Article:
Today I bask in the afterglow of highly successful Greater Ozarks Audubon Society effort in environmental education. GLADE came to us last fall as a result of a TogetherGreen innovation grant award. Funded by Toyota Motors and administered by the National Audubon Society, our TogetherGreen grant award was one of only 41 nationwide, and opportunity knocked loudly on the GOAS door.
A perfect storm of sorts brought an eclectic and insightful group of educators together for the project. Lisa Berger, local Audubon activist and visionary, sat with Dr. Janice Greene, Missouri State University Biology Professor specializing in evaluation of science education programs, in a local Panera restaurant and talked about possibilities, forming the framework for a bird camp. I had recently retired from full time teaching and was actively seeking opportunities to increase my role in the conservation movement. When I received an offer from Lisa to direct the new project, I remember replying immediately, "Yes, Yes, Yes", as a wave of gratitude swept over me. Celeste Prussia, manager of the Missouri State Bull Shoals Field Station in Drury-Mincy Conservation Area, joined the team with her exuberant spirit and her expertise in ecological and sustainability issues.
And so our camp plans began. Long a lover of acronyms, I offered up GLADE, Green Leadership Academy for Diverse Ecosystems. It seemed right for our project as it was to be set in the White River Glades and Woodland Important Bird Area (IBA), a region that was once inhabited by Swainson's Warbler and Bachman's Sparrow. Our first mission was evident: to increase biodiversity in hopes of bringing Swainson's Warbler and Bachman's Sparrow, along with other Giant Cane inhabiting species back in sustainable numbers.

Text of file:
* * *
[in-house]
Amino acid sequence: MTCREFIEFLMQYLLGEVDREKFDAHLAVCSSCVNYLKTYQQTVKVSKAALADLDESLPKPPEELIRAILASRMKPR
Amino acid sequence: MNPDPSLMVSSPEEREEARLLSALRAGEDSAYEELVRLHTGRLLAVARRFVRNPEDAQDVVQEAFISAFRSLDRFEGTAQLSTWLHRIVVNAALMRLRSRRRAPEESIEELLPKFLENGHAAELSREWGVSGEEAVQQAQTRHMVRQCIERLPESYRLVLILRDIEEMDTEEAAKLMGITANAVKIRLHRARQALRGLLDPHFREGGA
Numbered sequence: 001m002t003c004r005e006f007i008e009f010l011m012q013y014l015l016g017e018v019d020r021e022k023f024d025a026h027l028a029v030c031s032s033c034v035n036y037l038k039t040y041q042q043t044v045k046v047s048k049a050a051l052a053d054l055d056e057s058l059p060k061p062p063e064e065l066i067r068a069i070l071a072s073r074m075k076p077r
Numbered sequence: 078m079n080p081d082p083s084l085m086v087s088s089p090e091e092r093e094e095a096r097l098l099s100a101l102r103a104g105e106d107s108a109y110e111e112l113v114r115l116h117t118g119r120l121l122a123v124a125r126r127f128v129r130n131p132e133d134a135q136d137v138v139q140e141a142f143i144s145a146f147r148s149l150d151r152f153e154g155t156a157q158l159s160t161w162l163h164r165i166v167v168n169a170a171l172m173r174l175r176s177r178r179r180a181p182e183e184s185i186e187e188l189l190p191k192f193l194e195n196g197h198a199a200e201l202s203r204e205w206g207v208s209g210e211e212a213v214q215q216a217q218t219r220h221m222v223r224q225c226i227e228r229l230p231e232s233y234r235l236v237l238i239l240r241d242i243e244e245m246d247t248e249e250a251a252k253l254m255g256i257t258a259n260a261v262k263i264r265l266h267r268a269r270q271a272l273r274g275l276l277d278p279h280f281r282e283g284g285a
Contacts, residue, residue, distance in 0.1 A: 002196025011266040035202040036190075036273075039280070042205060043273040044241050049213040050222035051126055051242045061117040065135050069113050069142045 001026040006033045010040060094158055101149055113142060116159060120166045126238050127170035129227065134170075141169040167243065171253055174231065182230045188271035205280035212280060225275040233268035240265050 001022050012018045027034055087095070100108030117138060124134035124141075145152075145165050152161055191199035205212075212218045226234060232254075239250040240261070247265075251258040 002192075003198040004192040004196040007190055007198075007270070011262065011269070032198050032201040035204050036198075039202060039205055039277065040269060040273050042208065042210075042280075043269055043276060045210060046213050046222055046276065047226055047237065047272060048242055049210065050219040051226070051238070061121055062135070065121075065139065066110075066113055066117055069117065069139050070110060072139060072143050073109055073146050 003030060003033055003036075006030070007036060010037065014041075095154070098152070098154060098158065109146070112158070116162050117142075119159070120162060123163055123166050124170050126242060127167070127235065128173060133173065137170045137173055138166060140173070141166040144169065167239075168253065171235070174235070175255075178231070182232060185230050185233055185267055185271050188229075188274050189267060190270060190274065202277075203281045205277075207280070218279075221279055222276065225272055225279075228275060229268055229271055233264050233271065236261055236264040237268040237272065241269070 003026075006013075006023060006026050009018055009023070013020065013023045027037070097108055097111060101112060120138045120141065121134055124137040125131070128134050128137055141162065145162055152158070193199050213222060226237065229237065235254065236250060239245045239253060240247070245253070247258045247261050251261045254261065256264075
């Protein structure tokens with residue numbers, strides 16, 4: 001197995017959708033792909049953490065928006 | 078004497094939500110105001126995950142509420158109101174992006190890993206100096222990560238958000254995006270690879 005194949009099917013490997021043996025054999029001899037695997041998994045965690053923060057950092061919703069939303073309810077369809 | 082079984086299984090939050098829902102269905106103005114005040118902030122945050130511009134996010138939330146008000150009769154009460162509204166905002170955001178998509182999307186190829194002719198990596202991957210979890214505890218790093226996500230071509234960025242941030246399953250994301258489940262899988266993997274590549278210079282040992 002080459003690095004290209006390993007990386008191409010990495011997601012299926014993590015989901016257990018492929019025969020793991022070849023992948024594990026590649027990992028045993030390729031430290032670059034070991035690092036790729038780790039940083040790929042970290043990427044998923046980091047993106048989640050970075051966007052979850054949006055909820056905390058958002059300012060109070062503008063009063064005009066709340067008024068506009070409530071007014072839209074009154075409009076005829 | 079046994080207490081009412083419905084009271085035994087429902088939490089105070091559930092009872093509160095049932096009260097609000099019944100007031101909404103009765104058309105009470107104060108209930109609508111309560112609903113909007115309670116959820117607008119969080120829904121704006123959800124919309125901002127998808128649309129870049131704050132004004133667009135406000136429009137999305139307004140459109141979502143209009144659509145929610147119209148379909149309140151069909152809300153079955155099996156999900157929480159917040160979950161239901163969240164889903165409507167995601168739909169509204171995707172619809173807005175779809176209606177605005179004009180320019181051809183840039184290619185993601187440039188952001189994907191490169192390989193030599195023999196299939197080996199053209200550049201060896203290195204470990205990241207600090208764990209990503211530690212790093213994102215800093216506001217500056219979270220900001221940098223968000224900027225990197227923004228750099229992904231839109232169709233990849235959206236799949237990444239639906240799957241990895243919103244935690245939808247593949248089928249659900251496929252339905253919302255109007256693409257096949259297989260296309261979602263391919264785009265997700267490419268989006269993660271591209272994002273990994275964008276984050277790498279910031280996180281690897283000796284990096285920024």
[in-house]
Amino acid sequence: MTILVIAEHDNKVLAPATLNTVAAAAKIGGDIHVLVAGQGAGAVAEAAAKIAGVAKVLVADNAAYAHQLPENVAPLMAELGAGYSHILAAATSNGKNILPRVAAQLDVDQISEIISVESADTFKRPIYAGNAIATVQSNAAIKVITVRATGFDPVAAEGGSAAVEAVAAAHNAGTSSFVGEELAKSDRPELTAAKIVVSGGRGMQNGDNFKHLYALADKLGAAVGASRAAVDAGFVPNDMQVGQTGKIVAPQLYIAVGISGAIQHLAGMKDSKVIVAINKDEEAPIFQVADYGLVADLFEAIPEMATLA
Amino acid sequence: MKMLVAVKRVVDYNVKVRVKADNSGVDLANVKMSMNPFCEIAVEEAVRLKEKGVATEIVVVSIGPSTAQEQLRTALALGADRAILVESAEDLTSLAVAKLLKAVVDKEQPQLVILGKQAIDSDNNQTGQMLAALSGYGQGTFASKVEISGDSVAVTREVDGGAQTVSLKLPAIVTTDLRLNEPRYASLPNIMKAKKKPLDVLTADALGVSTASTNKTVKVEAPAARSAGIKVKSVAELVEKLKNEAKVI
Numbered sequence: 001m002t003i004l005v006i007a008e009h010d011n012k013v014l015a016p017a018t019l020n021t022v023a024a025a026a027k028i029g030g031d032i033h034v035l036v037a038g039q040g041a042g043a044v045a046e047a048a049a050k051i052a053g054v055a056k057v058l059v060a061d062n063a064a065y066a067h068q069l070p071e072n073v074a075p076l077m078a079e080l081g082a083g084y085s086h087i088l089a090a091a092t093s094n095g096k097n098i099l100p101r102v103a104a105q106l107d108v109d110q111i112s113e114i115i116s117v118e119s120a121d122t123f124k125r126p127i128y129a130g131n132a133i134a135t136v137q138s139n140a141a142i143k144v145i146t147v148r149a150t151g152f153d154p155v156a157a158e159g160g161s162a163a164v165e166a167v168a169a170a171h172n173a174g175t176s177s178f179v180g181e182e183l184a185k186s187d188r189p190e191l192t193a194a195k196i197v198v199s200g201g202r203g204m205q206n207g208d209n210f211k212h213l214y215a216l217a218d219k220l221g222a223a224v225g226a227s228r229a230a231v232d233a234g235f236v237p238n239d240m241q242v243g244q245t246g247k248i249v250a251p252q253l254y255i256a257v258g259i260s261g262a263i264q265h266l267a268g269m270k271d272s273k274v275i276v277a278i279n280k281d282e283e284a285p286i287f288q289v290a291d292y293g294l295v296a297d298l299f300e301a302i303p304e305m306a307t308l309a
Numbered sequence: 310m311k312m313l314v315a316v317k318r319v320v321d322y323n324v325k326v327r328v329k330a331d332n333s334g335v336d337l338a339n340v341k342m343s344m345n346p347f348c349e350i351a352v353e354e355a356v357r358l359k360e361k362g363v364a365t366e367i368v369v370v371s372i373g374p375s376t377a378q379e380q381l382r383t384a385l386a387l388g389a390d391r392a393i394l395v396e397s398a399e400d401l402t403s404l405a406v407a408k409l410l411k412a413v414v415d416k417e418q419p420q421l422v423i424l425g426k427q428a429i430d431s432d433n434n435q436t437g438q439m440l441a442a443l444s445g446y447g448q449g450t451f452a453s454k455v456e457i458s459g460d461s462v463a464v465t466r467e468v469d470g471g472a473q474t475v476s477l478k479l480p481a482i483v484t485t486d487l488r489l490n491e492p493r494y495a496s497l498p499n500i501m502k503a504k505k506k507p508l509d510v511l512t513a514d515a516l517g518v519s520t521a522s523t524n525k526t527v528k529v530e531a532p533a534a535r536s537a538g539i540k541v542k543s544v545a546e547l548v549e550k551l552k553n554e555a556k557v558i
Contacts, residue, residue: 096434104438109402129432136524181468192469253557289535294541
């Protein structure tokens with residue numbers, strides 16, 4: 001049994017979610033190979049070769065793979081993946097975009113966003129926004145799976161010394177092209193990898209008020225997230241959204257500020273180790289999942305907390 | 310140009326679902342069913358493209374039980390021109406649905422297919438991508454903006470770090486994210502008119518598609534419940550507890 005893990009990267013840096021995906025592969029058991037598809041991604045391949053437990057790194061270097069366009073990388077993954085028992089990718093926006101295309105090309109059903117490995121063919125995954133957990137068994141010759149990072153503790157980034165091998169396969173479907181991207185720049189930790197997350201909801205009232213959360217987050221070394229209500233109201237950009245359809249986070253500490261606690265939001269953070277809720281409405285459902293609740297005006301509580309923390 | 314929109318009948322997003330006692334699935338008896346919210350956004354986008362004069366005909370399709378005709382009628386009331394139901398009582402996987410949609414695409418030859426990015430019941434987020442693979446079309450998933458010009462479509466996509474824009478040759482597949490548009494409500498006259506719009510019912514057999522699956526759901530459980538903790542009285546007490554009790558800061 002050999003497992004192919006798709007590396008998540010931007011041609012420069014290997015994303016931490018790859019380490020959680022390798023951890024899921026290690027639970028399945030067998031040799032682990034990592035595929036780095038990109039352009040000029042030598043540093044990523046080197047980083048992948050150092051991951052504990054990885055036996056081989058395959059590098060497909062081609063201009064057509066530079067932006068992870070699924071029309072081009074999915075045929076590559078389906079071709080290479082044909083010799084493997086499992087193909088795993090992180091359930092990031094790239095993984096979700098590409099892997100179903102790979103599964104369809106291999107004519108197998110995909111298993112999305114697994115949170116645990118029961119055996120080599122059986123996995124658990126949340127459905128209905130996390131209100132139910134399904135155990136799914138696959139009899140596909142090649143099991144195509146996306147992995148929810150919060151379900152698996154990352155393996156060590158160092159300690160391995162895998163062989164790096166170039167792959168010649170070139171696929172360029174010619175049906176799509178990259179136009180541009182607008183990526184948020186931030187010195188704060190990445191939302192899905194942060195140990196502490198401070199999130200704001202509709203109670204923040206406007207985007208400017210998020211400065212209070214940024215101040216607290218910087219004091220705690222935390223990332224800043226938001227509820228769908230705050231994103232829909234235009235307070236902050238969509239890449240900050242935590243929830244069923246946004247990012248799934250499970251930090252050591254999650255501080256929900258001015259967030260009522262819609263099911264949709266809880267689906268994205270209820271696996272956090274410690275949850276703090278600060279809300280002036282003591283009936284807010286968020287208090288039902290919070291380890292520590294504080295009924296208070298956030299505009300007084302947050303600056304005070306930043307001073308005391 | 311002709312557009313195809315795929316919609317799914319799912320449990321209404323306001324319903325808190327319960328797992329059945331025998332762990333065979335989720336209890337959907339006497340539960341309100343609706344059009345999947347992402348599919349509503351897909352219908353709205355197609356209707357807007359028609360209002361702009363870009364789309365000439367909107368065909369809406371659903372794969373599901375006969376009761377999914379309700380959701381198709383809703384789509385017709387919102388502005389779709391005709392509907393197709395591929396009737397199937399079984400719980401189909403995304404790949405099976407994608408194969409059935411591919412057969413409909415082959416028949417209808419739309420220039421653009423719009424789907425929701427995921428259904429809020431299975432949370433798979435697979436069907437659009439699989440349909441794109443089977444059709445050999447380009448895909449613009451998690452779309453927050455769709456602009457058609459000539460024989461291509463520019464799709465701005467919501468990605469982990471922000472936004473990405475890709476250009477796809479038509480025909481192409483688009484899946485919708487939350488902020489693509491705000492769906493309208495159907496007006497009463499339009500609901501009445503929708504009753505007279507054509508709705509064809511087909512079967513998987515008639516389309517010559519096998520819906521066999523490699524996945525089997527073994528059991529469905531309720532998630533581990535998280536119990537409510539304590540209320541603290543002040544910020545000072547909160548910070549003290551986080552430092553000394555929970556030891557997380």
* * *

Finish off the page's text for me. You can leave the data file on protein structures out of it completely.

In addition, we recruited highly intelligent young conservationists into an academically rigorous, hands on experience in conservation biology. Sixteen high schoolers, pre-screened by area biology teachers, were selected from many highly qualified youth applicants. Experts in the biological field, conservation professionals, and graduate students were brought in daily to expose the students to scientific research, to share their knowledge and insight with the participants, and to illustrate how the scientific method is used to shape public policy in conservation. Our second mission fell into place: to create a new generation of environmental leaders, and closely tie them to the Ozarks bioregional network of "green partners".
Coming from a background in gifted education, I assembled an initiative game based protocol, teaching leadership from the bottom up, and using natural analogies (a simplified example, trees grow strong foundations and reach for the sky, humans should do this, too) to complement the intensive field biology curriculum. We aimed to teach grass roots leadership skills to the young adults: every person has a niche, everyone is a leader, one's role is essential in group problem solving, the challenge is to discern one's role and speak the truth when necessary. Natural extroverts were taught to listen to nature, and to their peers for solutions to challenges presented. Natural introverts were taught that even very small voices, often insightful, hold the key to solutions.
And so the stage was set. The students arrived. More on that tomorrow. I promise.